Lotus is confident of avoiding a return High Court date with HMRC as it closes in on resolving its future in Formula 1.
The team was forced into the High Court on Monday as a result of failing to pay one month's PAYE (income tax and national insurance) to HMRC, only for the case to be adjourned until Friday, September 18.
The adjournment request was made in good faith by HMRC and on the back of the judge, Mr Justice Birss, receiving a confidential letter from a barrister acting on behalf of Renault.
The French manufacturer is on the brink of concluding a deal to acquire Lotus, with the final hurdle securing additional payments from F1 supremo Bernie Ecclestone with regard to its status as a historic constructor.
Renault is arguing by virtue of its standing in F1 - it has been involved in all bar five seasons since 1977 - it is deserving of a premium payment from Formula One Management's coffers along with Ferrari, McLaren, Mercedes, Red Bull and Williams.
With Lotus's shareholders signing off on the financial arrangement with Renault last week - £65million for a 65 per cent stake - it is now a question of waiting to see if Ecclestone and Renault CEO Carlos Ghosn can reach an agreement that would help push the takeover deal over the line.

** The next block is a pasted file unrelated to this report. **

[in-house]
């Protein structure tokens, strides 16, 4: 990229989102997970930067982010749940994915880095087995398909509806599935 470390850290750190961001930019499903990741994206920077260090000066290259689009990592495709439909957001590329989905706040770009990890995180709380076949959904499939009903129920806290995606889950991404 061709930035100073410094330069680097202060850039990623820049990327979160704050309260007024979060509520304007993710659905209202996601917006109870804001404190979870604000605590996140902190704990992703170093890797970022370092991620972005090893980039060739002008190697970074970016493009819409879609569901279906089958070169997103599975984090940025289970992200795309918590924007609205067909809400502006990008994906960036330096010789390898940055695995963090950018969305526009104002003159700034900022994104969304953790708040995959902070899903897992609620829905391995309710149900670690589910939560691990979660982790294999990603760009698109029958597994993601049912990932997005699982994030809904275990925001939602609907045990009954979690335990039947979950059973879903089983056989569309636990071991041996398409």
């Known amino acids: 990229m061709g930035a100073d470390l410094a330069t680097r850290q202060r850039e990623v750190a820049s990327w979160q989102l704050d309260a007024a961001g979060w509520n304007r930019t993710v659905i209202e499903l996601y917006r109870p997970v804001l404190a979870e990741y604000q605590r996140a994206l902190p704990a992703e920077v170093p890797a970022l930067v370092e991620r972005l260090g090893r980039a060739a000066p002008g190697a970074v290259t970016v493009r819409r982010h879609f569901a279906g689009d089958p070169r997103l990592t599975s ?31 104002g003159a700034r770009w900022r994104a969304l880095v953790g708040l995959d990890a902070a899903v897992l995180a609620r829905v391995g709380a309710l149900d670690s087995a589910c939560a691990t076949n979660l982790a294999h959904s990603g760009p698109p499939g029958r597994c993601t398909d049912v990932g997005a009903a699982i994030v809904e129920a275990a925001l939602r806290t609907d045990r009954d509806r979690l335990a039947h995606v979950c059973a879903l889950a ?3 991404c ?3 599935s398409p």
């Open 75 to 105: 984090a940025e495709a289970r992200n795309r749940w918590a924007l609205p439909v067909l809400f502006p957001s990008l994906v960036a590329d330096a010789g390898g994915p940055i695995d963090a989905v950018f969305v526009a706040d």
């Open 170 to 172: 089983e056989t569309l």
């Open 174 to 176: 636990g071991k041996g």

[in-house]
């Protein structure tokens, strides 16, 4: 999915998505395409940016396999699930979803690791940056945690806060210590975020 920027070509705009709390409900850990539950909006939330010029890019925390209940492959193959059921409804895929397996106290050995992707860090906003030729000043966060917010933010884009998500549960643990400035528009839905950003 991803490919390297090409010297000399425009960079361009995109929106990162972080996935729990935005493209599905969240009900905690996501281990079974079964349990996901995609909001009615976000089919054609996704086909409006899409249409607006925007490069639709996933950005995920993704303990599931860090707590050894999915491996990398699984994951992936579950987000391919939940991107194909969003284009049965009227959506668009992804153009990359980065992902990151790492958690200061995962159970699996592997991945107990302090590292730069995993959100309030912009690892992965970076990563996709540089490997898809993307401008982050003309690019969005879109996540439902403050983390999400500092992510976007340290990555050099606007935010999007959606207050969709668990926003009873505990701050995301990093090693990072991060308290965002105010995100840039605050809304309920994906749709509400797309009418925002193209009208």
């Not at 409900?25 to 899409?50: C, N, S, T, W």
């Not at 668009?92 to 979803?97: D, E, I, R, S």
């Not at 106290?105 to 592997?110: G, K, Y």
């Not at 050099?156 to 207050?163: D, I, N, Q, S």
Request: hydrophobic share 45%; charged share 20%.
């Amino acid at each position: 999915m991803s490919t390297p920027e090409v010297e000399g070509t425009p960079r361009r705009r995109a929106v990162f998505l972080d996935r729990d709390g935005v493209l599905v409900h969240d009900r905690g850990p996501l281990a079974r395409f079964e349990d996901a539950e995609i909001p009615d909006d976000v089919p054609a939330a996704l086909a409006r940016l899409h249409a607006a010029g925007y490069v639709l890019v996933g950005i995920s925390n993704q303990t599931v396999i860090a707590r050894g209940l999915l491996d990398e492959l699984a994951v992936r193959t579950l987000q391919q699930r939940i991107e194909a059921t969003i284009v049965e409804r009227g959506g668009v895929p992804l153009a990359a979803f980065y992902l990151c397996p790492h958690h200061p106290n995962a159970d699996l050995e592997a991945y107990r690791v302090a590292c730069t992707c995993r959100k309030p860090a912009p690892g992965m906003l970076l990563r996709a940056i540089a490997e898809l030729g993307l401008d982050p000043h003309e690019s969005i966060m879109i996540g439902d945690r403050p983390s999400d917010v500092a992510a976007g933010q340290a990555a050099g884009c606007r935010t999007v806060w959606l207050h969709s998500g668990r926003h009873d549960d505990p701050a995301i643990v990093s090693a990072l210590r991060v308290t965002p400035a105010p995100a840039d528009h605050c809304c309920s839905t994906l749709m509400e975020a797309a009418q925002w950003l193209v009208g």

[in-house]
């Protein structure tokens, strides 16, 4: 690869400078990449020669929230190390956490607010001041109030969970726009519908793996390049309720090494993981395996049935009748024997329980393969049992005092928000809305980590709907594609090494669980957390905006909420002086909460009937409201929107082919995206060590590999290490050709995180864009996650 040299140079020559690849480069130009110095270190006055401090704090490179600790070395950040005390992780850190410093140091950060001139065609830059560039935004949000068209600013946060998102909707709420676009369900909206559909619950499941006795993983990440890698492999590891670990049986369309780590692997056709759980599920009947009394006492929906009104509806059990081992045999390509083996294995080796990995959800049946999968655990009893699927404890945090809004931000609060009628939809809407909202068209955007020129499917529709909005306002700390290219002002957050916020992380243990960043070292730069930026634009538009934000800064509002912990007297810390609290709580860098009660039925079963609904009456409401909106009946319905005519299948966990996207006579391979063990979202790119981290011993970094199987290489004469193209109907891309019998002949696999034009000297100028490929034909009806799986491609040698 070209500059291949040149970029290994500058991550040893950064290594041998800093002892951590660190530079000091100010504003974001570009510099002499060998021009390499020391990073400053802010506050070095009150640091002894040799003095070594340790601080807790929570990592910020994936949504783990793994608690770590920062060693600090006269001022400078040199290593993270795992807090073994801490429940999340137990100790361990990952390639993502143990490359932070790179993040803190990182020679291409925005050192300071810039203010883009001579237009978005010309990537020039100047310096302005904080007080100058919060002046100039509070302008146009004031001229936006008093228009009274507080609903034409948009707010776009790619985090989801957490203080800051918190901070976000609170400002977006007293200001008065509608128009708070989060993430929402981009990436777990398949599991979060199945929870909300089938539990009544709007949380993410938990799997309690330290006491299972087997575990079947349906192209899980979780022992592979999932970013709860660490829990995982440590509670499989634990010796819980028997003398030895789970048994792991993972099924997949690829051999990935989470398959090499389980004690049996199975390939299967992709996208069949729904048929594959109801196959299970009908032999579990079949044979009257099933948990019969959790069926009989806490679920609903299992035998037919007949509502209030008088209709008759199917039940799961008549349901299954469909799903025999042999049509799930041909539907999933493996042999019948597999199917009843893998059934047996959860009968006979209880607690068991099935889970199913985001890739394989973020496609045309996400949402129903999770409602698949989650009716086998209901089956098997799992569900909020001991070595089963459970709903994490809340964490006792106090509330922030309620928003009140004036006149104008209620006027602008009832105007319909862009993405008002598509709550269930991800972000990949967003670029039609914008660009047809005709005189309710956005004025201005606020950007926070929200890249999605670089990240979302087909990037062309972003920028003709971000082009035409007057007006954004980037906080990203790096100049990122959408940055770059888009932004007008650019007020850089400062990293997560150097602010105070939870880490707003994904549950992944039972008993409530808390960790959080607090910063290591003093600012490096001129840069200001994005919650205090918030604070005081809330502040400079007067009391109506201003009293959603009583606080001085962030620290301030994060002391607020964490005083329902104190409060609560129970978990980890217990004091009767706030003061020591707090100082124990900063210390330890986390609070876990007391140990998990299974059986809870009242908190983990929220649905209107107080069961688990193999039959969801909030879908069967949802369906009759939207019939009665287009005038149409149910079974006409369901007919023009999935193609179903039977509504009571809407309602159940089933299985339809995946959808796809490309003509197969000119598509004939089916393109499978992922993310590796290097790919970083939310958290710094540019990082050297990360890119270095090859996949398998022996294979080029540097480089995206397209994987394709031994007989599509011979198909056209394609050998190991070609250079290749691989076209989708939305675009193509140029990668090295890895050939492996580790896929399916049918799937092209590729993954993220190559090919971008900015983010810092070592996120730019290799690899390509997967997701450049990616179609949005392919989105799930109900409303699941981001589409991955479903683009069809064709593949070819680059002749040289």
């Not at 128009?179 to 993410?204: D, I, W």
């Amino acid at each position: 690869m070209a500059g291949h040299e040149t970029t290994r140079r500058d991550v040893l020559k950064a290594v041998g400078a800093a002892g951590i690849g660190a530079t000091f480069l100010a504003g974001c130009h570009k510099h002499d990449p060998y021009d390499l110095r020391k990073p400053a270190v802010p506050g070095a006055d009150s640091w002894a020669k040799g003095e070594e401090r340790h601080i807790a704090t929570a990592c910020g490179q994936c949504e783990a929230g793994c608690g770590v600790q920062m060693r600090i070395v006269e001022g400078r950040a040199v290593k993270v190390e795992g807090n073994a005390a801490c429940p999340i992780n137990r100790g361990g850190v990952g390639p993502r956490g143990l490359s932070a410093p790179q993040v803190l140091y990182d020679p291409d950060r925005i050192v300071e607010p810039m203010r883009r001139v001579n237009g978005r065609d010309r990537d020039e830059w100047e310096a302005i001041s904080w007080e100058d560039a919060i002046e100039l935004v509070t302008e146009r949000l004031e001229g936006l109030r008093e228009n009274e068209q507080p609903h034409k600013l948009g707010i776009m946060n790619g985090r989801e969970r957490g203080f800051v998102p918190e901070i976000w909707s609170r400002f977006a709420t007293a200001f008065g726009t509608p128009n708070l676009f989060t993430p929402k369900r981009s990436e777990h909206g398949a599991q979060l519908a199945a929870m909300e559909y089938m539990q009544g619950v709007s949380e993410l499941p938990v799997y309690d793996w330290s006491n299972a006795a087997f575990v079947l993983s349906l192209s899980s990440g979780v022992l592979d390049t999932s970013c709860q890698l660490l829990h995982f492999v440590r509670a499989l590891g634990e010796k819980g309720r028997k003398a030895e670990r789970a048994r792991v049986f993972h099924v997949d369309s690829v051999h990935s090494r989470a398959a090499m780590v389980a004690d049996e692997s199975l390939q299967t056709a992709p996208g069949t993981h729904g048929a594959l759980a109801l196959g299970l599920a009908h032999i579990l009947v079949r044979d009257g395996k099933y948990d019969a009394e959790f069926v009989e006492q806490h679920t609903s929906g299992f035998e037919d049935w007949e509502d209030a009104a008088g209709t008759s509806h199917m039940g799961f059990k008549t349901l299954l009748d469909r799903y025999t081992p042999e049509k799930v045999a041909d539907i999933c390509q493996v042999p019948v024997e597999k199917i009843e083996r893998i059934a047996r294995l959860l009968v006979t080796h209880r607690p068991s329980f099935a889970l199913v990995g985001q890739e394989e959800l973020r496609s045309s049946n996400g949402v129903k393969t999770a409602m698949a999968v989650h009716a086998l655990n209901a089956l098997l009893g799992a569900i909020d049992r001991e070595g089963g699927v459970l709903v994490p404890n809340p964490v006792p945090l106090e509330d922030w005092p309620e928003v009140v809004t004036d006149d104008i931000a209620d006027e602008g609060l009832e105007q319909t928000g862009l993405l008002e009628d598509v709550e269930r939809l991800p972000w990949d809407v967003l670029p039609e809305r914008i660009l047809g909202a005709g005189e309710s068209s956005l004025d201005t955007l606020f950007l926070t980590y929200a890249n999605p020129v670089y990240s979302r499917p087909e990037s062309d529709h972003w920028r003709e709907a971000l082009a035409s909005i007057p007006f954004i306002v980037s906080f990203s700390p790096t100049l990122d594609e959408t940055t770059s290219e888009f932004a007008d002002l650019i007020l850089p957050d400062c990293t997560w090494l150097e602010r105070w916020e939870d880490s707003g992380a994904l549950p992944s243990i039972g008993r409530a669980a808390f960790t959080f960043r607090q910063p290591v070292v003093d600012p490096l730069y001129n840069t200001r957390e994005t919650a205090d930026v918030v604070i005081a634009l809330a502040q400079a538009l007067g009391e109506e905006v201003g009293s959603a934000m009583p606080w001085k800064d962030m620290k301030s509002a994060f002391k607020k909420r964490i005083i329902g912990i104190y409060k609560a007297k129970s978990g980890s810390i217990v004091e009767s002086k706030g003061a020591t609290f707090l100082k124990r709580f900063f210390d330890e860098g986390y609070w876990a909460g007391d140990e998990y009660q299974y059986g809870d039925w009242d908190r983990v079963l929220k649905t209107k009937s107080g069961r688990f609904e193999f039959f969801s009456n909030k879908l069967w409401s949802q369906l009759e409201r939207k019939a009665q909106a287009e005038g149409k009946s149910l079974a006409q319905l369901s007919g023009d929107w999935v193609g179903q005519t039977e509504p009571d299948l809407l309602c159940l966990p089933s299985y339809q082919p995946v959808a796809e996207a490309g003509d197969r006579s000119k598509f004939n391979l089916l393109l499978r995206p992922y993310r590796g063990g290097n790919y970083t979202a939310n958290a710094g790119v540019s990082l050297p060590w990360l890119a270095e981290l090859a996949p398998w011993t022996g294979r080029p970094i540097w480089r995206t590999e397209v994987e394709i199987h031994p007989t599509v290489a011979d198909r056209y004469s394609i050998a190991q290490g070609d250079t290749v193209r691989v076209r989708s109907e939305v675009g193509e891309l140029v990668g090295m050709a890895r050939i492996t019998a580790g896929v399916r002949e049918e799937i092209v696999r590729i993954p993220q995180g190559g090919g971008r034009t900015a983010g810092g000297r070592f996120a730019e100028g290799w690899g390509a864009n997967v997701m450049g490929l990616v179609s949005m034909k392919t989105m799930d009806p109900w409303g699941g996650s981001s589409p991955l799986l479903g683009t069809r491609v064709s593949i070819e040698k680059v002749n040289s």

Renault's return to Enstone would ultimately result in Lotus's creditors being paid off, including HMRC, negating the need to return for the second court appointment.
Speaking to AUTOSPORT, Lotus CEO Matthew Carter said: "I can positively say that process [with HMRC] will be dealt with before it gets back in front of the judge.
"Nobody wants the team to head into insolvency, so it's just a question of making sure people get paid and things are done in the right way.
"The thing to stress is we - us, our shareholders, Renault - are all on the same page.
"Everyone wants the same thing, it's now a question of making sure it happens in the right way.
"When we get through the other side - and I am absolutely convinced we will - it will all have been worthwhile. One way or the other we will get through it."
Carter has stated should the Renault deal fall through at the last minute then there are contingency plans in place, although he declined to elaborate.
But he added: "Both Renault and [current engine supplier] Mercedes are assisting us.
"It's fair for me to say everyone thinks it's a good idea Renault comes back in [as a works team] and there are more manufacturers in the sport."
Carter has also confirmed the issue with former reserve Charles Pic, which led to the team's cars and equipment being impounded by bailiffs following the Belgian GP, has now been fully resolved and will not resurface.